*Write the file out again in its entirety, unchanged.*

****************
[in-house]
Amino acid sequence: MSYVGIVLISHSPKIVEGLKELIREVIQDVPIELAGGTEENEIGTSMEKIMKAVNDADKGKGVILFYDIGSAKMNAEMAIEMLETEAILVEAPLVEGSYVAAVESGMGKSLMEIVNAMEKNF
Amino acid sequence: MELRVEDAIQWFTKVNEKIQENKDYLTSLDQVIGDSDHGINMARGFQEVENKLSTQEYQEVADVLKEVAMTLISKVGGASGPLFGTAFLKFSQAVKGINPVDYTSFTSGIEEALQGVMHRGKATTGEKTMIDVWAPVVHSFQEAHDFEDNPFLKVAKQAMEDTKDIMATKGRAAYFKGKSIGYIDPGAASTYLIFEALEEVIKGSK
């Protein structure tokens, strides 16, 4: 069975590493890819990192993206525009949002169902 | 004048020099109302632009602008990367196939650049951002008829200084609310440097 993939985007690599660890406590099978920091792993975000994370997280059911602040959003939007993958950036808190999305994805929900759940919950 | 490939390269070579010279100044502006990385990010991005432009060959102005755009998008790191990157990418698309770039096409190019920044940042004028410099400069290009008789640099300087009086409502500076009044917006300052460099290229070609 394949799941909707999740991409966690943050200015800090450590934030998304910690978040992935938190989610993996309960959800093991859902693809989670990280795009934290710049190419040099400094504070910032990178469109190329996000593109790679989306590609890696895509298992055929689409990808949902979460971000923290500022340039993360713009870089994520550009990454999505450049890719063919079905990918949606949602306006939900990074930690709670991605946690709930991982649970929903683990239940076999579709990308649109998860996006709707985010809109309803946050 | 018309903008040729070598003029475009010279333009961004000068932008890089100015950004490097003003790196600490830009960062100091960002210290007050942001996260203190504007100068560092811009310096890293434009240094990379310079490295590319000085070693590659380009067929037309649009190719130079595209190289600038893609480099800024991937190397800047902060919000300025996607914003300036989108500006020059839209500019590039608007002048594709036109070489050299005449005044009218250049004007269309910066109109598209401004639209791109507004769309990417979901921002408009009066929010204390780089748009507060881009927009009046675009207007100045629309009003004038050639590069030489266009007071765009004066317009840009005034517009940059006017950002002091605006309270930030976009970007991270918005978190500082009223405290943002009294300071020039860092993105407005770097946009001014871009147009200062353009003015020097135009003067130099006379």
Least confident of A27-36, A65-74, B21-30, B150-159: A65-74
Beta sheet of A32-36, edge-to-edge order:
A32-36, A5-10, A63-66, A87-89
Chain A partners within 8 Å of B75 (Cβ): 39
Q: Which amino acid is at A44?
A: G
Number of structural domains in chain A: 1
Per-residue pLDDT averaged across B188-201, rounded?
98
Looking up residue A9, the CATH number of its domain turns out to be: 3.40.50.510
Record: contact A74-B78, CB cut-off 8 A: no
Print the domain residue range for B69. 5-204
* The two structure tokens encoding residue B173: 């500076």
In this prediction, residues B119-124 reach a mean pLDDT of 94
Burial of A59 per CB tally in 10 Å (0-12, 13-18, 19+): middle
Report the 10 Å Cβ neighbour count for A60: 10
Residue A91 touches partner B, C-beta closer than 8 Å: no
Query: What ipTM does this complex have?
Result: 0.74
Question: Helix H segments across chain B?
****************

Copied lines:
[in-house]
Amino acid sequence: MSYVGIVLISHSPKIVEGLKELIREVIQDVPIELAGGTEENEIGTSMEKIMKAVNDADKGKGVILFYDIGSAKMNAEMAIEMLETEAILVEAPLVEGSYVAAVESGMGKSLMEIVNAMEKNF
Amino acid sequence: MELRVEDAIQWFTKVNEKIQENKDYLTSLDQVIGDSDHGINMARGFQEVENKLSTQEYQEVADVLKEVAMTLISKVGGASGPLFGTAFLKFSQAVKGINPVDYTSFTSGIEEALQGVMHRGKATTGEKTMIDVWAPVVHSFQEAHDFEDNPFLKVAKQAMEDTKDIMATKGRAAYFKGKSIGYIDPGAASTYLIFEALEEVIKGSK
């Protein structure tokens, strides 16, 4: 069975590493890819990192993206525009949002169902 | 004048020099109302632009602008990367196939650049951002008829200084609310440097 993939985007690599660890406590099978920091792993975000994370997280059911602040959003939007993958950036808190999305994805929900759940919950 | 490939390269070579010279100044502006990385990010991005432009060959102005755009998008790191990157990418698309770039096409190019920044940042004028410099400069290009008789640099300087009086409502500076009044917006300052460099290229070609 394949799941909707999740991409966690943050200015800090450590934030998304910690978040992935938190989610993996309960959800093991859902693809989670990280795009934290710049190419040099400094504070910032990178469109190329996000593109790679989306590609890696895509298992055929689409990808949902979460971000923290500022340039993360713009870089994520550009990454999505450049890719063919079905990918949606949602306006939900990074930690709670991605946690709930991982649970929903683990239940076999579709990308649109998860996006709707985010809109309803946050 | 018309903008040729070598003029475009010279333009961004000068932008890089100015950004490097003003790196600490830009960062100091960002210290007050942001996260203190504007100068560092811009310096890293434009240094990379310079490295590319000085070693590659380009067929037309649009190719130079595209190289600038893609480099800024991937190397800047902060919000300025996607914003300036989108500006020059839209500019590039608007002048594709036109070489050299005449005044009218250049004007269309910066109109598209401004639209791109507004769309990417979901921002408009009066929010204390780089748009507060881009927009009046675009207007100045629309009003004038050639590069030489266009007071765009004066317009840009005034517009940059006017950002002091605006309270930030976009970007991270918005978190500082009223405290943002009294300071020039860092993105407005770097946009001014871009147009200062353009003015020097135009003067130099006379």
Least confident of A27-36, A65-74, B21-30, B150-159: A65-74
Beta sheet of A32-36, edge-to-edge order:
A32-36, A5-10, A63-66, A87-89
Chain A partners within 8 Å of B75 (Cβ): 39
Q: Which amino acid is at A44?
A: G
Number of structural domains in chain A: 1
Per-residue pLDDT averaged across B188-201, rounded?
98
Looking up residue A9, the CATH number of its domain turns out to be: 3.40.50.510
Record: contact A74-B78, CB cut-off 8 A: no
Print the domain residue range for B69. 5-204
* The two structure tokens encoding residue B173: 């500076």
In this prediction, residues B119-124 reach a mean pLDDT of 94
Burial of A59 per CB tally in 10 Å (0-12, 13-18, 19+): middle
Report the 10 Å Cβ neighbour count for A60: 10
Residue A91 touches partner B, C-beta closer than 8 Å: no
Query: What ipTM does this complex have?
Result: 0.74
Question: Helix H segments across chain B?